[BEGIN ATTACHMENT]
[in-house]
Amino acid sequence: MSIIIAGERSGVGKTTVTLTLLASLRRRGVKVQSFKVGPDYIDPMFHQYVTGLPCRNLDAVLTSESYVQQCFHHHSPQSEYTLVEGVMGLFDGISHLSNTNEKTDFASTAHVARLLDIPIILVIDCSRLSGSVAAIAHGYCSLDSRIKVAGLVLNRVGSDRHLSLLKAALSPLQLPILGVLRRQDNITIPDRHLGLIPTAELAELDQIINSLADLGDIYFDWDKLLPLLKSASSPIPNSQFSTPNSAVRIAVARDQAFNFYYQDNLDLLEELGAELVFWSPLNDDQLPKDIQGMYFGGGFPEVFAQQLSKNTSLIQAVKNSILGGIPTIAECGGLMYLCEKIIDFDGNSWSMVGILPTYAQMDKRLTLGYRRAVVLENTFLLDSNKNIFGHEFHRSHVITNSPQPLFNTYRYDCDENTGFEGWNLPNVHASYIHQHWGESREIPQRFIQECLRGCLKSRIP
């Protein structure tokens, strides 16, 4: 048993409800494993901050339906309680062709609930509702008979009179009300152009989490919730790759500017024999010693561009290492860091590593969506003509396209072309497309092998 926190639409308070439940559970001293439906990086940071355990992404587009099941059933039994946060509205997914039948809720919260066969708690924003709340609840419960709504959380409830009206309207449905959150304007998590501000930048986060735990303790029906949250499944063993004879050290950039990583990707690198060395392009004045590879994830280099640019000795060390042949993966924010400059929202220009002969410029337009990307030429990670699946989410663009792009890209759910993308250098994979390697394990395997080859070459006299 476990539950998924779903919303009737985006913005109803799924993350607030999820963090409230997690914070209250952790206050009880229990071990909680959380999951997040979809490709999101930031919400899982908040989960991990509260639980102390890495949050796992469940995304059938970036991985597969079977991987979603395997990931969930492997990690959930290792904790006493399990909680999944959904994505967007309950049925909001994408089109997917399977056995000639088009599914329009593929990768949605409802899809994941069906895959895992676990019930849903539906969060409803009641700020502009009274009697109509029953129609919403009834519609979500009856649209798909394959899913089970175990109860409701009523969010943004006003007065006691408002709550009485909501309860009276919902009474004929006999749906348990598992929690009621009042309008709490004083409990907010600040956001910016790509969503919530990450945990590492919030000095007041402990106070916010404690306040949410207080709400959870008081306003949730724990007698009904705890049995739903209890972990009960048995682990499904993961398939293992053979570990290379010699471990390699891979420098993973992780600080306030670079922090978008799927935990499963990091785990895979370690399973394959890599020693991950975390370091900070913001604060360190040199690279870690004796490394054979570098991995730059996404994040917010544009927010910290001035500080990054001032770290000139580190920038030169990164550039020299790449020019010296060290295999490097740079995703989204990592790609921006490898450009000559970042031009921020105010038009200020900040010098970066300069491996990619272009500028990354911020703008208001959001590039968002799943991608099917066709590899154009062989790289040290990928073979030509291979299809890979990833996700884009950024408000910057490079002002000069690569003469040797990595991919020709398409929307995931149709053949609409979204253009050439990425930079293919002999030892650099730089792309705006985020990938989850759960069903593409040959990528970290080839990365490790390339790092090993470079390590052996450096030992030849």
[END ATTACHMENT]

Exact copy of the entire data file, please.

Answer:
[in-house]
Amino acid sequence: MSIIIAGERSGVGKTTVTLTLLASLRRRGVKVQSFKVGPDYIDPMFHQYVTGLPCRNLDAVLTSESYVQQCFHHHSPQSEYTLVEGVMGLFDGISHLSNTNEKTDFASTAHVARLLDIPIILVIDCSRLSGSVAAIAHGYCSLDSRIKVAGLVLNRVGSDRHLSLLKAALSPLQLPILGVLRRQDNITIPDRHLGLIPTAELAELDQIINSLADLGDIYFDWDKLLPLLKSASSPIPNSQFSTPNSAVRIAVARDQAFNFYYQDNLDLLEELGAELVFWSPLNDDQLPKDIQGMYFGGGFPEVFAQQLSKNTSLIQAVKNSILGGIPTIAECGGLMYLCEKIIDFDGNSWSMVGILPTYAQMDKRLTLGYRRAVVLENTFLLDSNKNIFGHEFHRSHVITNSPQPLFNTYRYDCDENTGFEGWNLPNVHASYIHQHWGESREIPQRFIQECLRGCLKSRIP
């Protein structure tokens, strides 16, 4: 048993409800494993901050339906309680062709609930509702008979009179009300152009989490919730790759500017024999010693561009290492860091590593969506003509396209072309497309092998 926190639409308070439940559970001293439906990086940071355990992404587009099941059933039994946060509205997914039948809720919260066969708690924003709340609840419960709504959380409830009206309207449905959150304007998590501000930048986060735990303790029906949250499944063993004879050290950039990583990707690198060395392009004045590879994830280099640019000795060390042949993966924010400059929202220009002969410029337009990307030429990670699946989410663009792009890209759910993308250098994979390697394990395997080859070459006299 476990539950998924779903919303009737985006913005109803799924993350607030999820963090409230997690914070209250952790206050009880229990071990909680959380999951997040979809490709999101930031919400899982908040989960991990509260639980102390890495949050796992469940995304059938970036991985597969079977991987979603395997990931969930492997990690959930290792904790006493399990909680999944959904994505967007309950049925909001994408089109997917399977056995000639088009599914329009593929990768949605409802899809994941069906895959895992676990019930849903539906969060409803009641700020502009009274009697109509029953129609919403009834519609979500009856649209798909394959899913089970175990109860409701009523969010943004006003007065006691408002709550009485909501309860009276919902009474004929006999749906348990598992929690009621009042309008709490004083409990907010600040956001910016790509969503919530990450945990590492919030000095007041402990106070916010404690306040949410207080709400959870008081306003949730724990007698009904705890049995739903209890972990009960048995682990499904993961398939293992053979570990290379010699471990390699891979420098993973992780600080306030670079922090978008799927935990499963990091785990895979370690399973394959890599020693991950975390370091900070913001604060360190040199690279870690004796490394054979570098991995730059996404994040917010544009927010910290001035500080990054001032770290000139580190920038030169990164550039020299790449020019010296060290295999490097740079995703989204990592790609921006490898450009000559970042031009921020105010038009200020900040010098970066300069491996990619272009500028990354911020703008208001959001590039968002799943991608099917066709590899154009062989790289040290990928073979030509291979299809890979990833996700884009950024408000910057490079002002000069690569003469040797990595991919020709398409929307995931149709053949609409979204253009050439990425930079293919002999030892650099730089792309705006985020990938989850759960069903593409040959990528970290080839990365490790390339790092090993470079390590052996450096030992030849």